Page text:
Perhaps the biggest learning area is around planning for resilience, rather than resistance, says Pearce.

“What I mean by that is, planning for the exceedance of assets. Rather than building an asset to a certain standard, and saying, therefore, in that area, flood risk is managed.”

Water and telecoms resilience

As part of the National Flood Resilience Review released in September, the government proudly announced it had secured promises from the water and telecommunications industries to make their infrastructure more resilient. And £2.3bn over six years has been promised to safeguard another 300,000 homes.

But Cumbria County Council corporate director of environmental and community services Dominic Donnini saw some of the worst flooding last winter and says engaging the community is key.

He says part of that, includes being open and honest about what cannot be safeguarded.

Departing residents

“In Carlisle, people on Warwick Road… they can’t insure their homes, therefore they struggle to do any work on them – small grants don’t stretch very far. Forty residents upped and left – we can’t even contact them, we don’t know where they are,” says Donnini.

“There’ll be a tipping point, where enough people will leave and we’ll be in economic decline. That’s something we’re going to have to think about. And it’s not solved locally, but nationally.”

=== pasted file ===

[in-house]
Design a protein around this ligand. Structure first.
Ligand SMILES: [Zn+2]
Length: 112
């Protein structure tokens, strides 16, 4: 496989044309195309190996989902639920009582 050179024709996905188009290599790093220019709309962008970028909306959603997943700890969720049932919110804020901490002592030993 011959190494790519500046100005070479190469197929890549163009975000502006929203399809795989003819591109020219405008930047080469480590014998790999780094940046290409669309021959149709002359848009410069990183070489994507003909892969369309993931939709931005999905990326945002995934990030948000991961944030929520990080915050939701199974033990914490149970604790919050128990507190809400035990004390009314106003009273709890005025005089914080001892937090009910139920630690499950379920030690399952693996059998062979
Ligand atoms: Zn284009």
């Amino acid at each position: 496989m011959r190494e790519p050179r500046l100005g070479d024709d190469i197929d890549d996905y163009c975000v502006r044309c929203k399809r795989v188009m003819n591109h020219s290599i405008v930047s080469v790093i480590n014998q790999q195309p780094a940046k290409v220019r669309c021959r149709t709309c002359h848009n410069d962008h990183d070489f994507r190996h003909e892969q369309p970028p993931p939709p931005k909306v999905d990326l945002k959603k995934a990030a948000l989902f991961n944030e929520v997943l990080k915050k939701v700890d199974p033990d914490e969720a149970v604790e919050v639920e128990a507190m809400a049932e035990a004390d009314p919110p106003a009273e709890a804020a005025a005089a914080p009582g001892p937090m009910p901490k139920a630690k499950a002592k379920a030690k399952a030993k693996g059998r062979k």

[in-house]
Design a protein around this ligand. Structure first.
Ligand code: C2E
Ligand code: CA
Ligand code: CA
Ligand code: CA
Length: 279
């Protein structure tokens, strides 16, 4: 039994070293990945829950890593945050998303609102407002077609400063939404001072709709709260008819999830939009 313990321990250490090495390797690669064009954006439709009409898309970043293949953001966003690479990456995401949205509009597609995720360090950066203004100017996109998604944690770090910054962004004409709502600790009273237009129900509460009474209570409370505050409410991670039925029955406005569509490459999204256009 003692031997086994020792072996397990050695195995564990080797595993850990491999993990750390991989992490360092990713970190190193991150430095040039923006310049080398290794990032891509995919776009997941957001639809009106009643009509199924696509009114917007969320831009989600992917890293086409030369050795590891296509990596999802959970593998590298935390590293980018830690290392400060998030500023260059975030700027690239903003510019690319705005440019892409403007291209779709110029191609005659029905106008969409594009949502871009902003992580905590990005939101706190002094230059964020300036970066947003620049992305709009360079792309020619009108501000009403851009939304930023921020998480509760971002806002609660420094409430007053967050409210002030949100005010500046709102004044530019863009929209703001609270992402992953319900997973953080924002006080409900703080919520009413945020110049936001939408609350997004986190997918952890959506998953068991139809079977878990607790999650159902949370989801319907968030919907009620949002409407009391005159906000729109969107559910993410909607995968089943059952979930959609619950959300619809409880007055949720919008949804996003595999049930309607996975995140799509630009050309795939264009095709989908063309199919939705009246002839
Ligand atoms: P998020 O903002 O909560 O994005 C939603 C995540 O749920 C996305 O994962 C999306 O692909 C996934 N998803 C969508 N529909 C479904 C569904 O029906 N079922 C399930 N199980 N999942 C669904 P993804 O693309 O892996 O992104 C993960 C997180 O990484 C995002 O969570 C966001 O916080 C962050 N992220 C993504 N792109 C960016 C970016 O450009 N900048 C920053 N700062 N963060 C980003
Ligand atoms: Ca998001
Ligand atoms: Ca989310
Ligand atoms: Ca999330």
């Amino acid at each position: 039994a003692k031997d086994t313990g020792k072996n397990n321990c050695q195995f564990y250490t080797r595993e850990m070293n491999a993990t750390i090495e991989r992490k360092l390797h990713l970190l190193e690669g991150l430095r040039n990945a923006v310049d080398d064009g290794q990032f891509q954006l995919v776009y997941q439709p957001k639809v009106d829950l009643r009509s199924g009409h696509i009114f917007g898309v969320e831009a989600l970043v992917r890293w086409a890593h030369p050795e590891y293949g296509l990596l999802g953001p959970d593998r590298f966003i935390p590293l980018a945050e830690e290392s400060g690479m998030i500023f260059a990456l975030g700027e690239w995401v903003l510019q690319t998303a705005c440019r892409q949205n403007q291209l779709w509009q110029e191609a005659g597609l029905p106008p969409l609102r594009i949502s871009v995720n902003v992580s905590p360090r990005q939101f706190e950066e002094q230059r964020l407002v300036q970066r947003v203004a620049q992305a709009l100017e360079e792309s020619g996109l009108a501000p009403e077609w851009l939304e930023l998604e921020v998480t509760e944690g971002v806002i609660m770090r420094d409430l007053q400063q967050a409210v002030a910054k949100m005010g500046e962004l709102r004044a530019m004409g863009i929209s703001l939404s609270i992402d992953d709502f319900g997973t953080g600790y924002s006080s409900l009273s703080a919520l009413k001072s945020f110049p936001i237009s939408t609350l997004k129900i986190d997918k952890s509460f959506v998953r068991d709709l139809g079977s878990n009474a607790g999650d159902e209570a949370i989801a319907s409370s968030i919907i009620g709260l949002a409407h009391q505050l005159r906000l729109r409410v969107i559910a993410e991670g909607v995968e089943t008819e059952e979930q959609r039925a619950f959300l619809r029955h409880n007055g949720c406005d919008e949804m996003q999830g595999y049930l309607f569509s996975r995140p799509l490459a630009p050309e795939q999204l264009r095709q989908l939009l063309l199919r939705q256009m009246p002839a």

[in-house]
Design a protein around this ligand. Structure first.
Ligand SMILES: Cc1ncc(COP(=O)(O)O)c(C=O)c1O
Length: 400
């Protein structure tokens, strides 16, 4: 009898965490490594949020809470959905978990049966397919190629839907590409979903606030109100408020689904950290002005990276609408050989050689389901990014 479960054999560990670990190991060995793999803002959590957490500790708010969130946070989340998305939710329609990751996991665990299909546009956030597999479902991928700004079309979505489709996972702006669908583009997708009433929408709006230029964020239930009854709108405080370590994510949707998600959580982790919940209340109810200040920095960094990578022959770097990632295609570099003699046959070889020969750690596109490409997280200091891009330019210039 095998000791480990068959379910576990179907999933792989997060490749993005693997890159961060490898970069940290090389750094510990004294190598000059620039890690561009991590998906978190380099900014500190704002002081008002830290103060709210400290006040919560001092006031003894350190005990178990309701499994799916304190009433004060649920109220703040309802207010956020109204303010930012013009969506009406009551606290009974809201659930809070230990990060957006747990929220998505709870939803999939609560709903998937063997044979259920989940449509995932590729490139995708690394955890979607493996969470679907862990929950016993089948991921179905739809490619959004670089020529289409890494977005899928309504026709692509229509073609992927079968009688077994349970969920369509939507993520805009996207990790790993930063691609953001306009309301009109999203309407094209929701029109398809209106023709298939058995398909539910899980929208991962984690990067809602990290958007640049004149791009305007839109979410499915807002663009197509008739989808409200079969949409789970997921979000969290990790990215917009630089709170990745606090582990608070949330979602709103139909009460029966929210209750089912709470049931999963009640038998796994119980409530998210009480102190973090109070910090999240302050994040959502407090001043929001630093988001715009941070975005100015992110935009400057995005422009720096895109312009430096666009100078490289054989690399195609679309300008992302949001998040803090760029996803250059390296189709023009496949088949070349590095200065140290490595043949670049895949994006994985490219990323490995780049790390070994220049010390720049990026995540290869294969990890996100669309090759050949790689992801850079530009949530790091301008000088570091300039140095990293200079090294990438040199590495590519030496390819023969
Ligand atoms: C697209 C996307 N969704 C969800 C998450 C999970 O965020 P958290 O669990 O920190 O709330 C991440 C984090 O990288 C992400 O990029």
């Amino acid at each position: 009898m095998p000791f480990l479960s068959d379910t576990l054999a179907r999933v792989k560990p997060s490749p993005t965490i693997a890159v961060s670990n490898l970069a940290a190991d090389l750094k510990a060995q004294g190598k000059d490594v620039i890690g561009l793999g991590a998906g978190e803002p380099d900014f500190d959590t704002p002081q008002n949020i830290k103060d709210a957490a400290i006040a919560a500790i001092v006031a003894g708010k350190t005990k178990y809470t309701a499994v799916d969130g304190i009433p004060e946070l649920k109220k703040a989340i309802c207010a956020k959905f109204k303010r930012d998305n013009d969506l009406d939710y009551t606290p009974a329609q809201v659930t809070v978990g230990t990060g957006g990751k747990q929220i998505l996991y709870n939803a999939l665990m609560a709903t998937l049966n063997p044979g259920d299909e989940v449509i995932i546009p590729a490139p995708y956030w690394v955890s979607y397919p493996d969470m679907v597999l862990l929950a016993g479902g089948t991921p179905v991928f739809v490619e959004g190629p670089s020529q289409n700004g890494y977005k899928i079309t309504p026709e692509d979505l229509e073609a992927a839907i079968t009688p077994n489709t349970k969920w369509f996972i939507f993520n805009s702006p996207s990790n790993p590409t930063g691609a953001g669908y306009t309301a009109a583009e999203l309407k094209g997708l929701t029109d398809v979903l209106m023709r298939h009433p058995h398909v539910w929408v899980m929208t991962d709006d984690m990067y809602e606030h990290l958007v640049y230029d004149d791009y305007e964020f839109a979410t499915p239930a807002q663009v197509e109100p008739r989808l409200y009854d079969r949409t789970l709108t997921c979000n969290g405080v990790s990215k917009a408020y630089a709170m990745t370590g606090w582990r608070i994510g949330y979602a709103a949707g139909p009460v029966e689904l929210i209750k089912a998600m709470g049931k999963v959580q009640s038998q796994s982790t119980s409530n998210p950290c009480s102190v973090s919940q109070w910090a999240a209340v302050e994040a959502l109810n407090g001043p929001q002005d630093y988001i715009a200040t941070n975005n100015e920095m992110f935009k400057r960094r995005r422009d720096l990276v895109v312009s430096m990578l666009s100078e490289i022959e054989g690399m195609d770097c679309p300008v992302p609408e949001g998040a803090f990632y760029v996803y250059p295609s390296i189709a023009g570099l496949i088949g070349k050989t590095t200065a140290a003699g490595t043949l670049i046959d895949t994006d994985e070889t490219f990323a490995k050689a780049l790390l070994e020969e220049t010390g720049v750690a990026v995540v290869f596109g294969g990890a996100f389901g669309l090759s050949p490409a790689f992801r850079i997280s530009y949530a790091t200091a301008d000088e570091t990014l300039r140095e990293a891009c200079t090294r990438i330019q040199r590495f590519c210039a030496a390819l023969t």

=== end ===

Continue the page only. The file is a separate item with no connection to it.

Wilkes worries about what this effect might mean on a global scale.

 “That leads me to think about ‘climate change migrants’,” he explains.

You could have a very large population globally, that can no longer live or work because it’s all at risk of flooding

Dominic Donnini, Cumbria County Council

“You could have a very large population globally, that can no longer live or work because it’s all at risk of flooding.”

Wilkes says, whatever the solution, whether it is to build new shelters, or help vulnerable areas adapt, civil engineers will be needed.

 “It might sound self-interested but whatever the choices are, there is a need for qualified, forward-thinking civil engineers to help mankind.

Civil engineers’s role

“It goes back to Thomas Telford, and those early days about using the forces of nature to benefit mankind. It feels as profound as that, to me, over the years ahead… civil engineers will be at the forefront of helping humanity.”

But of course climate change is not the only threat to infrastructure.

Cyber-attacks have become easier to perform as information technology continues to evolve. Amateurs, professionals, governments and companies are hacking into critical infrastructure, primarily in pursuit of financial gain.

It is happening partly because the technology that keeps infrastructure physically running – the industrial control systems – is, in some cases, decades-old.

There is no such thing as 100% secure. It’s not a project, it’s a process

Andrey Nikishin, Kapersky Lab UK

But as Kaspersky Lab UK future technologies projects director Andrey Nikishin says, it’s not about technology: it’s about the users, and instilling a culture of vigilance in an organisation.

“There is no such thing as 100% secure. It’s not a project, it’s a process,” says Nikishin.

Infrastructure must also be resilient against terrorist attacks and again engineers are playing a key role. Infrastructure designers are increasingly using street anything from street furniture design to lighting to deter attacks and mitigate the impact of those which take place. As with climate change and cyber attacks, the threat is constantly evolving.